Subiaco chief executive Peter Capes favours a top five for the WAFL. Picture: Heather Grosser/The Kalgoorlie Miner.
Subiaco chief executive Peter Capes favours a top five for the WAFL. Picture: Heather Grosser/The Kalgoorlie Miner.

WAFL clubs are preparing to vote on whether to introduce a top-five format for next year's finals series, with a majority believed to be in favour of the latest shake-up to the competition.

Chief executives from the nine clubs will vote on the change in the first week of September, with the WA Football Commission willing to give boards until then to reach a final position.

A vote about three years ago narrowly fell in favour of retaining the status quo, with a 5-4 verdict going against the change.

However, increased backing for the move from WAFC level under the AFL-alignment model and a shift in thinking from several WAFL clubs has made the scenario a more likely change for 2015.

East Fremantle, Subiaco, South Fremantle, East Perth and Peel are believed to favour the model used by the SANFL, while at least Claremont are undecided out of the rest.

The top five sides in the South Australian league at the end of the home-and-away season make the finals. The SANFL is also a nine-team competition.

Sharks chief executive Adam Kelly said his club was heavily in favour of changing the finals system.

East Fremantle wrote to the WAFC last November urging them to introduce a top five, arguing that it would increase exposure while better rewarding the minor premiers and teams finishing second and third.

Under the changed format, the finals series would last four rather than just three weeks.

The minor premiers would earn a week off to start with the sides placed second and fourth hosting first-up home finals against the teams directly below them.

All of the top three teams would benefit from a double chance.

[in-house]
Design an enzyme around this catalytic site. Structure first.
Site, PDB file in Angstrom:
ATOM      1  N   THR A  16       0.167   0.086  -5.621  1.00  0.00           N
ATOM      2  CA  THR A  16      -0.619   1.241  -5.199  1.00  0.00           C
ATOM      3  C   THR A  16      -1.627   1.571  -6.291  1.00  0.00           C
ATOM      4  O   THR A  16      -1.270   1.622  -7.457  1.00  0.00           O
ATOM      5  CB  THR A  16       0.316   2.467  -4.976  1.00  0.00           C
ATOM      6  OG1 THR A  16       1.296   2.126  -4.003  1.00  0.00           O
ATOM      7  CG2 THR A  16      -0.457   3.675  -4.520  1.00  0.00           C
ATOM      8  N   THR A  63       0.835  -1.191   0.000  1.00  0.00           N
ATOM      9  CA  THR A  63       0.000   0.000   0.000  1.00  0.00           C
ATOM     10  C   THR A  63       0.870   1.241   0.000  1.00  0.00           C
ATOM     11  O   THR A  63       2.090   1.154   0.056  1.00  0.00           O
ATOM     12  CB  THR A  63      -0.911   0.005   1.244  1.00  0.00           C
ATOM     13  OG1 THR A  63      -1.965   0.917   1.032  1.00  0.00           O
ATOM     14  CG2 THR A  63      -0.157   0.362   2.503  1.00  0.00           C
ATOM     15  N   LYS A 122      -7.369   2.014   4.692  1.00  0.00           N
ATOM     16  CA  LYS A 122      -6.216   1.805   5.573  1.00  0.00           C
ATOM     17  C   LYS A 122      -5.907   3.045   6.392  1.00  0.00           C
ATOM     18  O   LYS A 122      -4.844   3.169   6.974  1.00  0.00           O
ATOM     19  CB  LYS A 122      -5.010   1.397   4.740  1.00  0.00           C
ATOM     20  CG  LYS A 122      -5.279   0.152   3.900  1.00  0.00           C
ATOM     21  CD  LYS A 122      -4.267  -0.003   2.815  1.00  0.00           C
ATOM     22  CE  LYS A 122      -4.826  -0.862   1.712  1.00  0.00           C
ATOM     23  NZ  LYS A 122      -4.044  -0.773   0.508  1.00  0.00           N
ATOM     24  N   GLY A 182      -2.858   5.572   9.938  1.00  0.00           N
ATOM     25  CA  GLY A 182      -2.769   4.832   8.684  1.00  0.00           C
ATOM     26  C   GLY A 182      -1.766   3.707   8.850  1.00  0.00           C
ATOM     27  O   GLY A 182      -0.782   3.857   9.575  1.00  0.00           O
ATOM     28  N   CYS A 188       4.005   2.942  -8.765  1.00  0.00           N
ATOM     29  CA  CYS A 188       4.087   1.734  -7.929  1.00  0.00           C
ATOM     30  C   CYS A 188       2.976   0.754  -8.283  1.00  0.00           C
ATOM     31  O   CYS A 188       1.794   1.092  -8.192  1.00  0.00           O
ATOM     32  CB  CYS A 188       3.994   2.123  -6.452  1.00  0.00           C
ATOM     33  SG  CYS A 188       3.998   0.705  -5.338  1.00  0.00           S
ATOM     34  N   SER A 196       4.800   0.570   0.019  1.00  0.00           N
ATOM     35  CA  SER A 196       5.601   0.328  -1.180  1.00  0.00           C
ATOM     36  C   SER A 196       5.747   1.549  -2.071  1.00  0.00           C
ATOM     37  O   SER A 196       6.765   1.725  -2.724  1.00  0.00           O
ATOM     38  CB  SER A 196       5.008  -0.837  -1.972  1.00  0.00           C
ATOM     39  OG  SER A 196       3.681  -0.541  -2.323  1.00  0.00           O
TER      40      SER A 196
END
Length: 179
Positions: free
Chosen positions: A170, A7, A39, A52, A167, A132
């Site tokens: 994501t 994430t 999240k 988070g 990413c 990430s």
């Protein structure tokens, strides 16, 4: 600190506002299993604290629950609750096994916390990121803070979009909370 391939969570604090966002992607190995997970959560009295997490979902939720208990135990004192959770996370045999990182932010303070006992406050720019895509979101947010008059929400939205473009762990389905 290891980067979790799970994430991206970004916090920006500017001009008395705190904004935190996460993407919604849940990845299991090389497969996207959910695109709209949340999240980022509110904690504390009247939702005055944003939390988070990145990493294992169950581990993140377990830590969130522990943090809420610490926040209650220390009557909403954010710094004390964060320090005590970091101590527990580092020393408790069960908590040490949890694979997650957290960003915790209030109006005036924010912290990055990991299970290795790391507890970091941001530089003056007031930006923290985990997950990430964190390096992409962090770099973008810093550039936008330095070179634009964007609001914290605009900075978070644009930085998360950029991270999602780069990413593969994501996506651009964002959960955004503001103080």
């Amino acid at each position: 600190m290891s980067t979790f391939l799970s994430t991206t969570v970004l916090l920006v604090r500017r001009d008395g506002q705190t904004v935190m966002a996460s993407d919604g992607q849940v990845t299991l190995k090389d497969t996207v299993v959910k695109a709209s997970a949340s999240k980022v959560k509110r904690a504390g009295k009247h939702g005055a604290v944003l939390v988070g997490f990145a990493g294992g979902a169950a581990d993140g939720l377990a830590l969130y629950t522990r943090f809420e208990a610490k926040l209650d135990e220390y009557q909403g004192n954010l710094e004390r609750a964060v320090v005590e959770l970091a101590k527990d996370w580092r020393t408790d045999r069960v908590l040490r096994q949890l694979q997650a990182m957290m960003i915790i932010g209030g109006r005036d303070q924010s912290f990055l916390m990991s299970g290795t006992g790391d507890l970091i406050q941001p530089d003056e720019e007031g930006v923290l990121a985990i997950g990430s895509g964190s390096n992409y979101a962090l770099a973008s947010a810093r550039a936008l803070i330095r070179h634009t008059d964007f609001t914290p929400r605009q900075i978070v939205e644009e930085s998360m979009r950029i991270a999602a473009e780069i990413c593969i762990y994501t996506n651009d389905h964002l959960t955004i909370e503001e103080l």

"We're this far out from finals and many people - not us - but a lot of people are suggesting the final four is set," Kelly said.

"This is a good example of a year where the top five would create more interest for those sides that are currently sitting fifth, sixth and seventh and keep them alive.

"It would mean their players, coaches, members, supporters, staff and sponsors stay interested in the season for longer."

The team that has finished the WAFL season fifth has won at least 10 games in eight of the past 10 seasons.

East Fremantle posted 11 wins last season, but narrowly missed finals despite having a better percentage than the three teams above them on the ladder.

Subiaco chief executive Peter Capes said the SANFL model showed a top five did not just reward mediocrity.

"I looked at the teams finishing fifth and they played a meaningful part in the finals over the past five years," Capes said.

"There's been two or three teams in the past 10 years that have got to the preliminary final and one that got to the grand final."

West Perth are firmly against changing the format despite sitting fifth with six rounds to go this season.

Swan Districts president Peter Hodyl said losing any of the club's 10 home matches to accommodate a top five would be a deal breaker. An 18-round fixture for 2015 has also been discussed as a possibility. "The competition as a whole needs to have those games," Hodyl said.

"I looked at the teams finishing fifth … they played a meaningful part in the (SANFL) finals …" " Subiaco chief executive *Peter Capes *

The West Australian

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